The onset of the technological revolution has changed the way healthcare is practiced. Robotic surgery became popular as healthcare professionals moved toward more minimally invasive surgical techniques. These techniques, along with the technological innovations associated with them, led to benefits such as reduced wound access trauma, shorter hospital stay, improved visualization, less postoperative wound complications, and less disfigurement (1). Furthermore, innovations such as monitoring technology (EKG, EEG, ultrasound, etc.) as well as the development of faster-acting, less toxic agents have changed anesthesia administration. While many surgeries now are rapidly approaching automation, anesthesiology has until recently had relatively little exposure to the transition towards a robotic surgeon. Currently, there are three main categories that represent automation in anesthesia: 1) pharmacological, 2) mechanical, and 3) decision making robots (2). While these systems are not yet in common use, they are becoming increasingly accepted as tools for error minimization, precision, and optimal patient care.
Pharmacological robots, predominantly closed-loop systems, are manufactured to assist with anesthetic drug titration. Within the closed loop system, the general structure has three main components: central operating system, target control variables, and a drug delivery system (3). Through a feedback flux, the system can continuously adjust and maintain a target without manual input by the healthcare professional (3). A major step in achieving this automation of drug application was the development of the Bispectral Index (BIS), which measures the depth of anesthesia (2). BIS was first applied in a closed loop system to isoflurane, then to propofol. (4,5). Later, the CLADS (closed loop anesthesia delivery system) was designed with the BIS as the control variable, the delivery system as an infusion pump, and the control system calibrated on the clinical pharmacokinetic and pharmacodynamic profile of propofol. These systems were collectively known as single loop systems, because they could only control one component of anesthesia. Most recently, usage of M-Entropy instead of BIS monitoring has allowed for a dual loop system (6). This has led to the development of McSleepy, which is considered the first true pharmacological robot because it can control three components: hypnosis, analgesia, and muscle relaxation (3).
Manual robots for intubation are used to give support to manual gestures during the intubation process. The DaVinci Surgical System (DVS) is perhaps the earliest example of such a machine, which contains several arms, a video camera, and graspers to assist hand movements and grip (7). Likewise, the Kepler Intubation system (KIS) was designed containing a joystick, robotic arm, and video laryngoscope. In the case of the DVS, tracheal and nasal fiber optic intubations were performed; in the case of the KIS, oral intubations were performed (3). The Magellan system was then designed for robotic nerve blocks in the case of regional anesthesia (3).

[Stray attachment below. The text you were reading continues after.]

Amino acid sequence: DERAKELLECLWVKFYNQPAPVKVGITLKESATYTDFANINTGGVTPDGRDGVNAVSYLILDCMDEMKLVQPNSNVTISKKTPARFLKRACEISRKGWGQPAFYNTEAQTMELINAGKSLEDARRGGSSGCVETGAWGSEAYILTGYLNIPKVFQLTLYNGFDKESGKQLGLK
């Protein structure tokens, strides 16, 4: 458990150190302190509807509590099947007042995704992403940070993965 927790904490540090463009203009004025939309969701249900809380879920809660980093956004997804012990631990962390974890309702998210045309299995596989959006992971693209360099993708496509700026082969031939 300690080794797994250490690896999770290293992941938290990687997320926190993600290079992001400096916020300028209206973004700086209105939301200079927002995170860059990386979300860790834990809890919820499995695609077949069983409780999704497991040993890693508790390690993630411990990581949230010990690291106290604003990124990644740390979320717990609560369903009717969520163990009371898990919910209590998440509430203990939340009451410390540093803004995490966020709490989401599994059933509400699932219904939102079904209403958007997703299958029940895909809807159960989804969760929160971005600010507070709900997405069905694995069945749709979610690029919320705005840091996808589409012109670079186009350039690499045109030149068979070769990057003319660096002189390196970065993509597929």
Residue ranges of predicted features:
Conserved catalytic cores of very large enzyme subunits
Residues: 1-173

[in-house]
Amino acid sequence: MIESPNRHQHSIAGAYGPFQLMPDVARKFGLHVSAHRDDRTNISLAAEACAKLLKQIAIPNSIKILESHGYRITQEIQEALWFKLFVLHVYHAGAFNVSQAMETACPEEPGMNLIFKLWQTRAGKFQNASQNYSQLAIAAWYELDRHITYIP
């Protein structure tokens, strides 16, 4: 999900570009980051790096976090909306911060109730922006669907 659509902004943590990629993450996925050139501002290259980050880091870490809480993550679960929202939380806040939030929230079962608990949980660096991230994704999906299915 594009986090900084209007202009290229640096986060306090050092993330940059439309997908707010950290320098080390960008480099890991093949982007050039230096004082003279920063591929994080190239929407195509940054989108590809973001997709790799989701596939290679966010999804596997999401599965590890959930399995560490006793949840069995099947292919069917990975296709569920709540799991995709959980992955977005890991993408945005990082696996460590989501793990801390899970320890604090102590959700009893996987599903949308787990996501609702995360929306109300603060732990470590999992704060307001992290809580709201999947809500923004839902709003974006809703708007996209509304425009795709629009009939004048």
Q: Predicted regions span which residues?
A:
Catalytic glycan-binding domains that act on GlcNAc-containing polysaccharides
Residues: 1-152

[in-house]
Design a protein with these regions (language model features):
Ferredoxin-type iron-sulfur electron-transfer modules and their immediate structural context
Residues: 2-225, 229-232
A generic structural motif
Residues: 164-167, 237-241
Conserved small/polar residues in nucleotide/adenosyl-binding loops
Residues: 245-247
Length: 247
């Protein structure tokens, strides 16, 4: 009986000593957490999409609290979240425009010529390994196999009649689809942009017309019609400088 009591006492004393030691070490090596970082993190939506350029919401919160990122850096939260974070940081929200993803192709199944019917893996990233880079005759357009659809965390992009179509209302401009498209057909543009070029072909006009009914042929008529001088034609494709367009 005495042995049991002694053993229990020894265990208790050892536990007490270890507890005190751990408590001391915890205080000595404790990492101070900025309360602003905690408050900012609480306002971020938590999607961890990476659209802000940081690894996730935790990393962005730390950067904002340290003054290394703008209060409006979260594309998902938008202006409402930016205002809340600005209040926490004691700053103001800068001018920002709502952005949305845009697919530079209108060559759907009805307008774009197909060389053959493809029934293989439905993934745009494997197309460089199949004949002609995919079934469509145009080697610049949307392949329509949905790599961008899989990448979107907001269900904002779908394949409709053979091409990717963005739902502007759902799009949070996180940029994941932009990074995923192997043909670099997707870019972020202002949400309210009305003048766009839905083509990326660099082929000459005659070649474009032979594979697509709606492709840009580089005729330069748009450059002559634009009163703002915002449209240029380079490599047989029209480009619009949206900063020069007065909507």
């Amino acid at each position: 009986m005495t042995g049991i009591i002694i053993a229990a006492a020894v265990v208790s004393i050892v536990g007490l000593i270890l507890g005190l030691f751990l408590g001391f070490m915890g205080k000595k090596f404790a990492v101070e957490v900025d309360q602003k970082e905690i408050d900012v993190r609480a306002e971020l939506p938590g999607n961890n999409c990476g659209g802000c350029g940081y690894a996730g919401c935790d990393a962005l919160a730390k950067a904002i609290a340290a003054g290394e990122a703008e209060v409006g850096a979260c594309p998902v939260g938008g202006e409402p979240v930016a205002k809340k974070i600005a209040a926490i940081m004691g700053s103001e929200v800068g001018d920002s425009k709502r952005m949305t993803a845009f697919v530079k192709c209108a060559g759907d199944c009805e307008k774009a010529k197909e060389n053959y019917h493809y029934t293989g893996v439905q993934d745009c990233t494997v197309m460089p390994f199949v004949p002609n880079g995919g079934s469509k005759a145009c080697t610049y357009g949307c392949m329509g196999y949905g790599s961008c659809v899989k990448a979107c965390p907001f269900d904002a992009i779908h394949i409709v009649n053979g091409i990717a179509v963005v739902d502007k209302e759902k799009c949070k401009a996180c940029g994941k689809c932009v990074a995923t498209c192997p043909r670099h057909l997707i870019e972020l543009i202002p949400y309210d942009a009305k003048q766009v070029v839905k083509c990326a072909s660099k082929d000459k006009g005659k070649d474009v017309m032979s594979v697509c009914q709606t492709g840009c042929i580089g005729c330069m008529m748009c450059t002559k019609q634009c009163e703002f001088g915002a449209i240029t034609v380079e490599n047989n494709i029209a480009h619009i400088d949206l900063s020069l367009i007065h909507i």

Decision support systems (DSS) and telemedicine have also rapidly become more popular in recent years to enhance clinical practice. DSS are designed to update the healthcare professional with clinical suggestions and treatment options. Furthermore, they can be designed with the purpose of detecting adverse events. Specifically, in anesthesia, they have been shown to be effective in detecting/managing intraoperative hyper/hypotension and critical events during sedation (8,9). While these systems are not yet common in anesthesia, they have been shown to be effective in reducing clinical mistakes in other practices. Telemedicine, on the other hand, is the delivery of healthcare using information and communication across a long distance. This has been applied to pre, intra, and post operative anesthesia procedures, with positive results (2).
Altogether, the evolution of robotic anesthesia holds promise for increased accuracy, safety, and efficiency in anesthesia application/management, as well as improved quality of care.
1. Ashrafian H, Clancy O, Grover V, Darzi A. The evolution of robotic surgery: surgical and anaesthetic aspects. British Journal of Anaesthesia. 2017 Dec;119:i72–84.
2. Hemmerling T, Giacalone M. An Introduction to Robots in Anaesthesia. 2016;16(2):96–100.
3. Hemmerling TM, Terrasini N. Robotic anesthesia: not the realm of science fiction any more. Current Opinion in Anaesthesiology. 2012 Oct;1.
4. Absalom AR, Kenny GNC. Closed-loop control of propofol anaesthesia using bispectral index TM : performance assessment in patients receiving computer-controlled propofol and manually controlled remifentanil infusions for minor surgery. British Journal of Anaesthesia. 2003 Jun;90(6):737–41.
5. Kharisov E, Beck CL, Bloom M. Control of Patient Response to Anesthesia using ℒ 1 Adaptive Methods. IFAC Proceedings Volumes. 2012;45(18):391–6.
6. Liu N, Le Guen M, Benabbes-Lambert F, Chazot T, Trillat B, Sessler DI, et al. Feasibility of Closed-loop Titration of Propofol and Remifentanil Guided by the Spectral M-Entropy Monitor: Anesthesiology. 2012 Feb;116(2):286–95.
7. Tighe PJ, Badiyan SJ, Luria I, Lampotang S, Parekattil S. Robot-Assisted Airway Support: A Simulated Case. Anesthesia & Analgesia. 2010 Oct;111(4):929–31.
8. Nair BG, Horibe M, Newman S-F, Wu W-Y, Peterson GN, Schwid HA. Anesthesia Information Management System-Based Near Real-Time Decision Support to Manage Intraoperative Hypotension and Hypertension: Anesthesia & Analgesia. 2014 Jan;118(1):206–14.
9. Zaouter C, Wehbe M, Cyr S, Morse J, Taddei R, Mathieu PA, et al. Use of a decision support system improves the management of hemodynamic and respiratory events in orthopedic patients under propofol sedation and spinal analgesia: a randomized trial. Journal of Clinical Monitoring and Computing. 2014 Feb;28(1):41–7.